Pfizer, J&J Must Train U.S. Doctors on Safe Use of Painkillers
Pfizer Inc. (PFE), Johnson & Johnson (JNJ) and Endo Pharmaceuticals Holdings Inc. (ENDP) will have to train doctors before they can give patients extended-release painkillers under a U.S. plan aimed at reducing prescription drug abuse.
Sixteen companies that make 25 pain patches and pills must create a program to teach medical professionals when these drugs should be used to combat pain and how to recognize signs that the treatments are being misused, the Food and Drug Administration said today. The Obama administration is urging Congress to mandate the training as part of licensing required by the Drug Enforcement Administration every three years.
The FDA began discussing in February 2009 how best to prevent deaths and side effects from overdose or tampering of long-acting painkillers to get high. While the agency has stopped short of restricting drug distribution, tougher controls may follow if abuse isn’t curbed, said Janet Woodcock, director of the FDA’s Center for Drug Evaluation and Research.
“There’s an epidemic of prescription drug abuse that is beginning to rival that of illegal drug abuse,” Woodcock said in a telephone interview. “It’s either the kids who get it out of their medicine cabinet or someone who gets multiple prescriptions.”
The medicines cited by the FDA include New York-based Pfizer’s Avinza and Embeda morphine capsules; Duragesic, a fentanyl patch made by New Brunswick, New Jersey-based J&J and generic competitors; Chadds Ford, Pennsylvania-based Endo’s Opana oxymorphone tablets; and OxyContin, an oxycodone tablet made by closely held Purdue Pharma LP of Stamford, Connecticut.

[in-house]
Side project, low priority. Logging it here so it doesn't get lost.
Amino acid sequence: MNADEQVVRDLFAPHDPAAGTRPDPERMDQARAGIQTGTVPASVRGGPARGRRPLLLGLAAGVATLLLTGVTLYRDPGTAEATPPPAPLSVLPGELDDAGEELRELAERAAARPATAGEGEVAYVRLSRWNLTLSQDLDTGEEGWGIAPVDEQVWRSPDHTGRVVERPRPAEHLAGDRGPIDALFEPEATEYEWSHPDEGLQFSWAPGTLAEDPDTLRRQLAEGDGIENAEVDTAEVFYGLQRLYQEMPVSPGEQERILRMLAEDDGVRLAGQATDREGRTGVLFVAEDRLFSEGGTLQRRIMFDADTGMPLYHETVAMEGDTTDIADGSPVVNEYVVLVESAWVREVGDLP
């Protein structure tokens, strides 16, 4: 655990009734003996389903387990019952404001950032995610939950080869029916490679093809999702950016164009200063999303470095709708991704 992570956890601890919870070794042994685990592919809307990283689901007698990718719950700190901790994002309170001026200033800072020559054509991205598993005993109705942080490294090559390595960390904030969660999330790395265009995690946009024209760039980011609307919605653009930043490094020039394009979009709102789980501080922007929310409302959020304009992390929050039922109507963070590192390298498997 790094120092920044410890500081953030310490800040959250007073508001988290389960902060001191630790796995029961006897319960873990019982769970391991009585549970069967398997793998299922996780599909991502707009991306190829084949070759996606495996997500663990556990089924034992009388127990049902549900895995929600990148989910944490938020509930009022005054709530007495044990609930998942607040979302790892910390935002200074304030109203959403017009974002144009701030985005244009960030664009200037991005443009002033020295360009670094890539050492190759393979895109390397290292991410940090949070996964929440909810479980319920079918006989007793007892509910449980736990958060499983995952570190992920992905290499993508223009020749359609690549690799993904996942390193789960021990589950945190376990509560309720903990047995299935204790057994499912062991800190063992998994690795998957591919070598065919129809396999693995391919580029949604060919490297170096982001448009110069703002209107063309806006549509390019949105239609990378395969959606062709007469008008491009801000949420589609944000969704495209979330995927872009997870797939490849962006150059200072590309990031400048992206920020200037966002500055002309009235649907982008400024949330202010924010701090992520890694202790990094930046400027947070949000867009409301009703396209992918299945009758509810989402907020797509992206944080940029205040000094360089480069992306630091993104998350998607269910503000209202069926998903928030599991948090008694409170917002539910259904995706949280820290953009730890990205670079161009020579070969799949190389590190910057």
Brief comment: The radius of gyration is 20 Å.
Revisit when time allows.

The drugs are sustained-release, high-dose painkillers derived from the opium poppy, also known as opioids. Doctors considered these medicines to be a major breakthrough for cancer and chronic pain when they were introduced in the mid-1990s, though it became clear the drugs were easy to manipulate. Purdue agreed in 2007 to pay $634.5 million to settle claims that promotions for OxyContin from 1996 to 2001 misled doctors about the drug’s risks.
The risk-minimization program is the largest ever imposed by FDA, Woodcock said. The agency gained the authority to require these types of plans as a condition for marketing under 2007 legislation. An estimated 23 million prescriptions for extended-release opioid drugs are written annually, representing about one-tenth of prescription painkillers, according to the FDA.
Pfizer’s King Pharma division, acquired last month, has been developing drugs with physical and chemical properties to resist tampering. Embeda, the first of these medicines, is included in the training program because it hasn’t been proven to be safer than the older medicines, Woodcock said.
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